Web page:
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Hi everyone,

I'm developing a TCP communication ROS node and I want to send a string to another ROS node. In this case, I'm using a std_msgs::String message to send information between this two nodes. The point is that when you do ROS Tutorial, Callback function uses a global variable in order to save the std_msgs::String value. I don't want to use a global variable because is not recomended while programming. Is there a way to use a pointer to a std::string or anything to get that value returned without using a global variable? It would be cool if there's a way without using a class like in this example 1, because I don't want to implement a whole class just to get a string value.

Here I leave that part of my ROS code:

void tcp_listener_Callback(const std_msgs::String::ConstPtr &tcp_msgs, std::string listener_return){
 listener_return = tcp_msgs->data.c_str();
}

and the ros subscriber callback:

ros::Subscriber tcp_listener_sub = nh.subscribe<std_msgs::String>("PLC_command_cmd",1000,boost::bind(tcp_listener_Callback,_1,sTCP_listener_cmd));

Originally posted by drodgu on ROS Answers with karma: 59 on 2019-09-19

Post score: 0


Original comments

Comment by pavel92 on 2019-09-19:
There is no problem with using a global variable. If you are concerned about memory you can simply use a pointer as a global variable and clear the value. Otherwise the initialization of your subscriber tcp_listener_sub should be done once only (not in a loop!). So this means that the return string arg sTCP_listener_cmd can be used only once in this case which beats the purpose of the subscriber.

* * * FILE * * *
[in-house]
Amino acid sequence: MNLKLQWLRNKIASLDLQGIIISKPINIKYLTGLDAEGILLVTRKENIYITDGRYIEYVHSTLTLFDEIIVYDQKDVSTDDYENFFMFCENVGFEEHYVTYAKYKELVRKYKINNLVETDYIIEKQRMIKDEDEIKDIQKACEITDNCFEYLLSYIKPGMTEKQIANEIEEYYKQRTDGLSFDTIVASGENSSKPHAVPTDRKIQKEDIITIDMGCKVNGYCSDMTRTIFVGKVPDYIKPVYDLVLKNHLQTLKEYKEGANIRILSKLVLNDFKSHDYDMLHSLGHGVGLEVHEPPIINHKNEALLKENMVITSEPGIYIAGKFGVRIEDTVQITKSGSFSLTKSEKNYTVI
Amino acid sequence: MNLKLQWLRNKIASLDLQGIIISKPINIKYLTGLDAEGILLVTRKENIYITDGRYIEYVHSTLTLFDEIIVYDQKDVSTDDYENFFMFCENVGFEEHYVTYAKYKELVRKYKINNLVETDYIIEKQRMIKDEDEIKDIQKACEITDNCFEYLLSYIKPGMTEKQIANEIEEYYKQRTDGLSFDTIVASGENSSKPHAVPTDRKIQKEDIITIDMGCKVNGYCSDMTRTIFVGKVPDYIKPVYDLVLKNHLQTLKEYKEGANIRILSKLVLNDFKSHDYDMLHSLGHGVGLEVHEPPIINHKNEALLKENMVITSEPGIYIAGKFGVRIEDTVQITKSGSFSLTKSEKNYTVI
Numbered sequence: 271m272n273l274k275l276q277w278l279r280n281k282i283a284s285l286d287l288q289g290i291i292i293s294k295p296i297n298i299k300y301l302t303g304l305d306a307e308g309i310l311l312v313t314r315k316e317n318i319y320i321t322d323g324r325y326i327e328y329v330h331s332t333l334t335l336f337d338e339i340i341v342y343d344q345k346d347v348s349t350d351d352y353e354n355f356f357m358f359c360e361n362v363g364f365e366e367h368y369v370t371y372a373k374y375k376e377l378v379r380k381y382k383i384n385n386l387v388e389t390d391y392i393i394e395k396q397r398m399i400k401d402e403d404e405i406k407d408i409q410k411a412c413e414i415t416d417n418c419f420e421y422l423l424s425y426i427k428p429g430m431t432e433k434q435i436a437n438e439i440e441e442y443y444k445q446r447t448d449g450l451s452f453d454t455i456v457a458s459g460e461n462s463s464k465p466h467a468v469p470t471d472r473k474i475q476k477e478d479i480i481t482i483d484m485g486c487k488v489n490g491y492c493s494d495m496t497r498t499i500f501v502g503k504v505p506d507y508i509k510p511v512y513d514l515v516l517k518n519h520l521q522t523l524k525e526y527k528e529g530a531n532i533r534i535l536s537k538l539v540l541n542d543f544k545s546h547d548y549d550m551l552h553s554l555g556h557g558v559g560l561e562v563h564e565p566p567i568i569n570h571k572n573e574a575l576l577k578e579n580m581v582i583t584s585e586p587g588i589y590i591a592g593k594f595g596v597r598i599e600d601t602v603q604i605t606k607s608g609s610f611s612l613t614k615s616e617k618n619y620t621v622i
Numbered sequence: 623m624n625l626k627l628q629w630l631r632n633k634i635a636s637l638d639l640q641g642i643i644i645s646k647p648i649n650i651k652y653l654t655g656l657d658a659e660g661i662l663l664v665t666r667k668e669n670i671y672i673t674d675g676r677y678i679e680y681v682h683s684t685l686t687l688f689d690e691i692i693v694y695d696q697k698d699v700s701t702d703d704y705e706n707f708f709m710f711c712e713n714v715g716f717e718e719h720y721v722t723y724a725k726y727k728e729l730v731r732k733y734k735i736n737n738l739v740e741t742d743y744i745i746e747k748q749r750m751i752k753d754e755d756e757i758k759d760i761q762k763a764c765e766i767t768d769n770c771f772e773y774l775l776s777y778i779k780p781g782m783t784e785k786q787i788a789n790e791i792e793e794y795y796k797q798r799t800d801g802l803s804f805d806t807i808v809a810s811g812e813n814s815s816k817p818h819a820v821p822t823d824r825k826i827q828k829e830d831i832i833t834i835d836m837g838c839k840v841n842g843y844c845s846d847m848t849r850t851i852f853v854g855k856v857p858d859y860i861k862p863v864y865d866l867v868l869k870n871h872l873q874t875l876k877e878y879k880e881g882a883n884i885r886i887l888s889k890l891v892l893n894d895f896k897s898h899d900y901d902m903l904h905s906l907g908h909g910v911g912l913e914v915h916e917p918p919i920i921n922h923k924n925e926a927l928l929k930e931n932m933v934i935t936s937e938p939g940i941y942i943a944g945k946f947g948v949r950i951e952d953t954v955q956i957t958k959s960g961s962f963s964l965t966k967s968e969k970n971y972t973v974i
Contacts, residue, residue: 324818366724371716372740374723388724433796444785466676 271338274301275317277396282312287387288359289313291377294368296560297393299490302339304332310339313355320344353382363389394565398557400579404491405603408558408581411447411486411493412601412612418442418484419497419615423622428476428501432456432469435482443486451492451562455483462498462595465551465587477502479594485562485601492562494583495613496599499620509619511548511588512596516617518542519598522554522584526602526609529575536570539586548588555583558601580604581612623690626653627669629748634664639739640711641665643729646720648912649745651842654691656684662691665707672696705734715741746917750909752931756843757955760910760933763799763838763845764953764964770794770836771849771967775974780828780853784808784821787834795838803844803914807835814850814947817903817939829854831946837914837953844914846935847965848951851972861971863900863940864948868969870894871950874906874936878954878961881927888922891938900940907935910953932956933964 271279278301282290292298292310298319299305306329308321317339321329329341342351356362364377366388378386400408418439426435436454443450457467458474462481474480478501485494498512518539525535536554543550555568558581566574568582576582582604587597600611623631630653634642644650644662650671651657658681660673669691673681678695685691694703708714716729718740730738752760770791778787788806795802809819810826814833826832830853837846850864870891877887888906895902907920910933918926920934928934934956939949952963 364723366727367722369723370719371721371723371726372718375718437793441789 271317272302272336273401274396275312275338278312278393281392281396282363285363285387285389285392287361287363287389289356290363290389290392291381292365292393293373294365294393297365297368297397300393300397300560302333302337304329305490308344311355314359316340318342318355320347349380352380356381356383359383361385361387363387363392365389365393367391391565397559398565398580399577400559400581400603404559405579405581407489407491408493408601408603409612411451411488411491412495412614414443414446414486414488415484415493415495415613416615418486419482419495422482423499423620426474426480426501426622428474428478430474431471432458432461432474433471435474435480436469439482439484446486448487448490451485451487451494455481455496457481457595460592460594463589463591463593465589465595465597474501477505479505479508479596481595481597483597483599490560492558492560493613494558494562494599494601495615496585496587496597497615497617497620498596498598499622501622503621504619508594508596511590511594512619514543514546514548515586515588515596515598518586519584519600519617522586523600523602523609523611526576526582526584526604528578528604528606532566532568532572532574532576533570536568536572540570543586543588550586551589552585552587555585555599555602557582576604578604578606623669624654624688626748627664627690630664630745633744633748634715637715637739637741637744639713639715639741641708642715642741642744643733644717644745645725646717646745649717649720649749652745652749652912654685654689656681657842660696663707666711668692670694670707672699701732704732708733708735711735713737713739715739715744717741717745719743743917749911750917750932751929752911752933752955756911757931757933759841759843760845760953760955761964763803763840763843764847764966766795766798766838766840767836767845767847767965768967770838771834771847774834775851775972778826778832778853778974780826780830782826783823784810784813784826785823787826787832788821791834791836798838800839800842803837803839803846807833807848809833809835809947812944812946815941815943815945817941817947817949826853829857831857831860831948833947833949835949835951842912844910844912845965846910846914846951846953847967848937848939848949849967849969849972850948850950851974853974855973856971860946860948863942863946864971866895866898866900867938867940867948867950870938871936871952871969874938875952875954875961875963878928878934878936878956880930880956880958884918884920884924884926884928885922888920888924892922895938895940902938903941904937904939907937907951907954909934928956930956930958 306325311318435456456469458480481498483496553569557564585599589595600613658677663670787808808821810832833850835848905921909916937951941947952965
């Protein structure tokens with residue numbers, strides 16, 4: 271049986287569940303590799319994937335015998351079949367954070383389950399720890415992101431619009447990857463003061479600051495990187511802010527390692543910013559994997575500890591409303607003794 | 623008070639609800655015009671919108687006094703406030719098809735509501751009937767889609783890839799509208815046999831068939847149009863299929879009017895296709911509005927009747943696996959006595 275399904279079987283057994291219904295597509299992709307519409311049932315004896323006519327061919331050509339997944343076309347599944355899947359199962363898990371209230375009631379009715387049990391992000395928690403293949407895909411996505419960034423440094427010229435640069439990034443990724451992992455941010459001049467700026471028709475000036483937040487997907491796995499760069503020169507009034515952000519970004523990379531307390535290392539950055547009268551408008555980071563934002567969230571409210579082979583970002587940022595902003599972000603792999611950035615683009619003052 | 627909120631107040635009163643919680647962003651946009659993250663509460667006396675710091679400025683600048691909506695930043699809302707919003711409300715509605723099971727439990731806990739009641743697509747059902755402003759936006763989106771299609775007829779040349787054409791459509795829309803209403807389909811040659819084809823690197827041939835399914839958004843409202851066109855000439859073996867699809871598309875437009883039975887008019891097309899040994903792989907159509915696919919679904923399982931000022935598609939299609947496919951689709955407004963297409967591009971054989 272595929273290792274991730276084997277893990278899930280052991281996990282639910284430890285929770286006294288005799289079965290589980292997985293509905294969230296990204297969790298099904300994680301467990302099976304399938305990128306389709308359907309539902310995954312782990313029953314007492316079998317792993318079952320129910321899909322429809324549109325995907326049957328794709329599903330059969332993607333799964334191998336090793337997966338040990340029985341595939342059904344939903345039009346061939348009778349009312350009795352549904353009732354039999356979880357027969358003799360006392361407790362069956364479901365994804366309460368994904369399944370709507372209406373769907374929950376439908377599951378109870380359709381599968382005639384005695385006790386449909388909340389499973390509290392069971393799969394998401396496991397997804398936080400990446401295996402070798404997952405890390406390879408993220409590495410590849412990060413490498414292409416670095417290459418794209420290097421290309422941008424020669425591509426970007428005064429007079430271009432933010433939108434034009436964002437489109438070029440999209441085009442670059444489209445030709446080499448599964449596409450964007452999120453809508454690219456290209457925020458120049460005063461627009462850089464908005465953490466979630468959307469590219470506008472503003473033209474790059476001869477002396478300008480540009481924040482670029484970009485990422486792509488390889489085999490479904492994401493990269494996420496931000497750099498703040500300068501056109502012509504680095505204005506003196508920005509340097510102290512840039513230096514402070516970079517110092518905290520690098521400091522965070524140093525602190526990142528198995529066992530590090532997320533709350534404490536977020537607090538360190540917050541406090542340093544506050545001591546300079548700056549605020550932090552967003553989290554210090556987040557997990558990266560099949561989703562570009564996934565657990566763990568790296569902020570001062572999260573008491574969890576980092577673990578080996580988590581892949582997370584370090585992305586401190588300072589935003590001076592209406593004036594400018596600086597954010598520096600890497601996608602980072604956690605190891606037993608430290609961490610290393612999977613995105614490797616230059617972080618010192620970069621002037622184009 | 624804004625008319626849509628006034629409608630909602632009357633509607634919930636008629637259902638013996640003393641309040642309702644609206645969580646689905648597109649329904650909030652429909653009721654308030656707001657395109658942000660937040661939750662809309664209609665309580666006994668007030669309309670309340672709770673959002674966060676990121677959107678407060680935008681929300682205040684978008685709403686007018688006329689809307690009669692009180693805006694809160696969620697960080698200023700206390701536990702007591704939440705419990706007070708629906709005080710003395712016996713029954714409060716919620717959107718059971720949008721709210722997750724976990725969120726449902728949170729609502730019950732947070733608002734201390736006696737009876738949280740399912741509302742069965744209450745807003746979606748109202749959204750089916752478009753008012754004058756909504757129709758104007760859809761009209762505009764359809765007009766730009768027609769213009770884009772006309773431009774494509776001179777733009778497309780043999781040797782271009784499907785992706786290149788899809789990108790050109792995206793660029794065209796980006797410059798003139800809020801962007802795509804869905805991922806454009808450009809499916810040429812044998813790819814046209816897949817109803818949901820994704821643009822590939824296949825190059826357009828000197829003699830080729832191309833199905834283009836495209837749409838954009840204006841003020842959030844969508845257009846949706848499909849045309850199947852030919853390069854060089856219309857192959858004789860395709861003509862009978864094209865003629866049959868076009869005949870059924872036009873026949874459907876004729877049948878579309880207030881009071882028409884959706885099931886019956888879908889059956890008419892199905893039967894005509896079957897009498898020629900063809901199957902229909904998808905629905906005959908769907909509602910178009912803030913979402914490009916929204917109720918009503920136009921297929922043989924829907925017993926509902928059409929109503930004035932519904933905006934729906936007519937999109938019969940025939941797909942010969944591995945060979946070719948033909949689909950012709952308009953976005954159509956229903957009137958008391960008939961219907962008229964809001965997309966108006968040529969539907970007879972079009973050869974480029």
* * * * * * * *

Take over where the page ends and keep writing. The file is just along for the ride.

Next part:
Comment by drodgu on 2019-09-19:
Thanks, I know that there's no problem in using a global variable. But I don't like much programming using global vars. So I just wondering if there's a method to use another pointer to a string variable to use when you call your callback function and how to do it without declaring a whole class. But I've read on the internet that using a class is the best way to achieved this, so I think I'll try it.

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1 Answer 1

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The best way to to it, is by declaring a class where you can instantiate an object from it. This way, instead of using a standard callback you use a pointer callback and the variables to manipulate are the private atributes of the class. This way, using getters you can easily return the variables you need.

If anyone needs it, here I left some part of my code: my_class.h

class my_class{
  private:
    ...
  public:
    ...
    void listener_rsp_callback(const std_msgs::String::ConstPtr &listener_msg);
    ...
  protected:
};

my_class.cpp

...
void my_class::listener_rsp_callback(const std_msgs::String::ConstPtr &listener_msg){
  sListener = listener_msg->data.c_str();
};
...

my_node.cpp

...
int main(int argc, char **argv){
...
 my_class cObject;
...
ros::Subscriber listen_sub = nh.subscribe<std_msgs::String>("t_name",1000,&my_class::listener_rsp_callback,&cObject);
std::string info = cObject.getString();
...
}

Originally posted by drodgu with karma: 59 on 2019-09-19

This answer was ACCEPTED on the original site

Post score: 0

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